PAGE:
In earlier times, the crossroads where Canard Street (Route 341) is crossed by the Port Williams to Canning highway (Route 358) was known as Hamilton’s Corner. Arthur Wentworth Hamilton Eaton in his Kings County history writes that this was the local name for the crossroads.
However, Malcolm (Mac) Eaton, a farmer whose family has owned the house on the northwest corner of the crossroads since 1919, tells me he and others in the area often refer to the crossroads as Canard Corner. Relatively few people – and most of them are history buffs – know that the crossroads was once called Hamilton’s Corner. Canard Corner seems more appropriate but it never caught on. Instead, the crossroads is known locally by another name, and a colorful one at that, for a set of whale jawbones that once rested in what is now Mac Eaton’s driveway.
Most local people know how Jawbone Corner got its name, but few know the details. Even fewer people know that the corner was once the commercial center of the area. Like most crossroads in the county, the corner attracted local industry, holding a postal station, a blacksmith and carpenter shop, and a factory that made sleds and wagons. Also, a carding mill once operated nearby on the Canard River. A medical practice was situated there as well, conducted by the gentleman after whom the corner was named, Dr. Charles Cottnam Hamilton.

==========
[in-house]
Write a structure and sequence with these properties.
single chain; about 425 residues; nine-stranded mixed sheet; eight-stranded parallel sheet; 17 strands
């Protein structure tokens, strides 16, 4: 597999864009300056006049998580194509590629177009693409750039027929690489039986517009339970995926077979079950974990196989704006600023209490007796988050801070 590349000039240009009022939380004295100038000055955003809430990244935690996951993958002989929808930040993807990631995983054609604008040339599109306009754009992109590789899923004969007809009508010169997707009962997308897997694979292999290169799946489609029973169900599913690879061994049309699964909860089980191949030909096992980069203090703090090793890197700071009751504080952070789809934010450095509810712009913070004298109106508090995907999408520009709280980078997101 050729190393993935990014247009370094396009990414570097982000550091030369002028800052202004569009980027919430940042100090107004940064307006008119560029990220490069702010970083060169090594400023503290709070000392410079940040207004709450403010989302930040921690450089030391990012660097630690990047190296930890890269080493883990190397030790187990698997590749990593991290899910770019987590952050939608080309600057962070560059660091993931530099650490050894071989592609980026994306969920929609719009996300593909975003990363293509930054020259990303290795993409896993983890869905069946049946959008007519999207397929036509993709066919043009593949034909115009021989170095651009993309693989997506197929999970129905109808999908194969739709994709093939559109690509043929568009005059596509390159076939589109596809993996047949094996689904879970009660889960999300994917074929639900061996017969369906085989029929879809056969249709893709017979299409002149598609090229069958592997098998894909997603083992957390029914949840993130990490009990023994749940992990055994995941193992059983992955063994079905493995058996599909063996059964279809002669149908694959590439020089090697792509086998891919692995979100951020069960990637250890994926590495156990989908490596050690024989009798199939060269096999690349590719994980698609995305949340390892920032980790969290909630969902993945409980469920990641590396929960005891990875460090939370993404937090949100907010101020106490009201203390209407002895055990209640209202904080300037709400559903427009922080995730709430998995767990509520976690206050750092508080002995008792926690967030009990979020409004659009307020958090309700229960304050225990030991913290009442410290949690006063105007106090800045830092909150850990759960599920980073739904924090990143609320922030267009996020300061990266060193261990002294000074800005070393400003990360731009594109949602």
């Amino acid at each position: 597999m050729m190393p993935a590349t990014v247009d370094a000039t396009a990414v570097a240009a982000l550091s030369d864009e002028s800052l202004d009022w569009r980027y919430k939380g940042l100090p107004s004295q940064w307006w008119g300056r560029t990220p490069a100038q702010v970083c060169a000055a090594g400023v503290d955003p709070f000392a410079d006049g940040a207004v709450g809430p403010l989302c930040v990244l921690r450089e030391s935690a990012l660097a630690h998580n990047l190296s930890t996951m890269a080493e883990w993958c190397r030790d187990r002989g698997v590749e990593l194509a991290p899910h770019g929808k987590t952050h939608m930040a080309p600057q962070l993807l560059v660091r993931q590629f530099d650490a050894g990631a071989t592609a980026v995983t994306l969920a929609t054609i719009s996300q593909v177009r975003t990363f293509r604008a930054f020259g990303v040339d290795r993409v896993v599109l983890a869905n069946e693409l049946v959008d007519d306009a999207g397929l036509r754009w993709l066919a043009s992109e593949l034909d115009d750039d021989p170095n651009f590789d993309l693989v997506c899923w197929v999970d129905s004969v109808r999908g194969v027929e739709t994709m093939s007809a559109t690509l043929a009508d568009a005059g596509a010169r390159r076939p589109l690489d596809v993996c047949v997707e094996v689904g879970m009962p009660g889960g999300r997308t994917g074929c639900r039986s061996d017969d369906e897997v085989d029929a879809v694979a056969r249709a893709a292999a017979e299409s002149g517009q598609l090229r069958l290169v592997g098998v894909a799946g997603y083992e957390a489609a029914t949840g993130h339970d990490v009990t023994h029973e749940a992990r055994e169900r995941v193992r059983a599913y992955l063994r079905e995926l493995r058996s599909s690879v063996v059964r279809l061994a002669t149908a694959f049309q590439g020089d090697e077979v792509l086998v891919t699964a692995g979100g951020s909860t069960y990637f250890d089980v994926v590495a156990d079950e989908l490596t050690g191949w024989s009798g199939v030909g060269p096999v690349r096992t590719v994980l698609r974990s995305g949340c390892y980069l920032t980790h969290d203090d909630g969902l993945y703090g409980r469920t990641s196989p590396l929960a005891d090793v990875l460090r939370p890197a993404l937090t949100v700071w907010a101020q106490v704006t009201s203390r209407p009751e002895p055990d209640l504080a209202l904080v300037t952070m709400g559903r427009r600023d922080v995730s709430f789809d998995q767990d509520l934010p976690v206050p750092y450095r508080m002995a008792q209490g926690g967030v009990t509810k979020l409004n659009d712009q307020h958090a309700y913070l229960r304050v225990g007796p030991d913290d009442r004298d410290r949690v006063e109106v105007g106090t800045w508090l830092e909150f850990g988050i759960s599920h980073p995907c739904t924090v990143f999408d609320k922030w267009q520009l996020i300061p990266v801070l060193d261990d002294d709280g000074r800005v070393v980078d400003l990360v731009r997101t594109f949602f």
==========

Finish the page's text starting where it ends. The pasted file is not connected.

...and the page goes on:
I got this information from Mac Eaton who told me about the blacksmith shop and factory when we were talking recently about the history of Jawbone Corner. Mac said the equipment in the factory was operated by horsepower. Not the kind of horsepower generated by engines but actual horses that were harnessed to a turntable. Mac remembers seeing the grooves ground into the floor of the factory by the constant circular motion of the horses as they moved the turntable.
Mac told me as well that the whale of jawbone fame was stranded on the Canard River just above the highway that runs between Port Williams and Canning. The jawbones were placed on either side of what is now the Eaton driveway and rested there for decades before ending up at a residence on Church Street. This incident occurred when the Minas Basin tides were unrestricted and ran well up the Canard River; this would be before the Wellington Dyke was completed in 1825.
When I was talking with Mac Eaton about Jawbone Corner he gave me a tour of his house. Built in the early 1800s, the house was purchased in 1835 by Dr. Charles Cottnam Hamilton. Mac showed me the area in his house where Dr. Hamilton had his practice from 1825 until 1880. Mac’s grandfather, Charles Cottnam Hamilton Eaton (who was named after Dr. Hamilton) purchased the property in 1919.
The area around Jawbone Corner apparently was once part of a major Acadian settlement. Jawbone Corner was the junction of two main travels ways between Acadian villages north and south of Canard. The Corner is historically significant but this has never been recognized.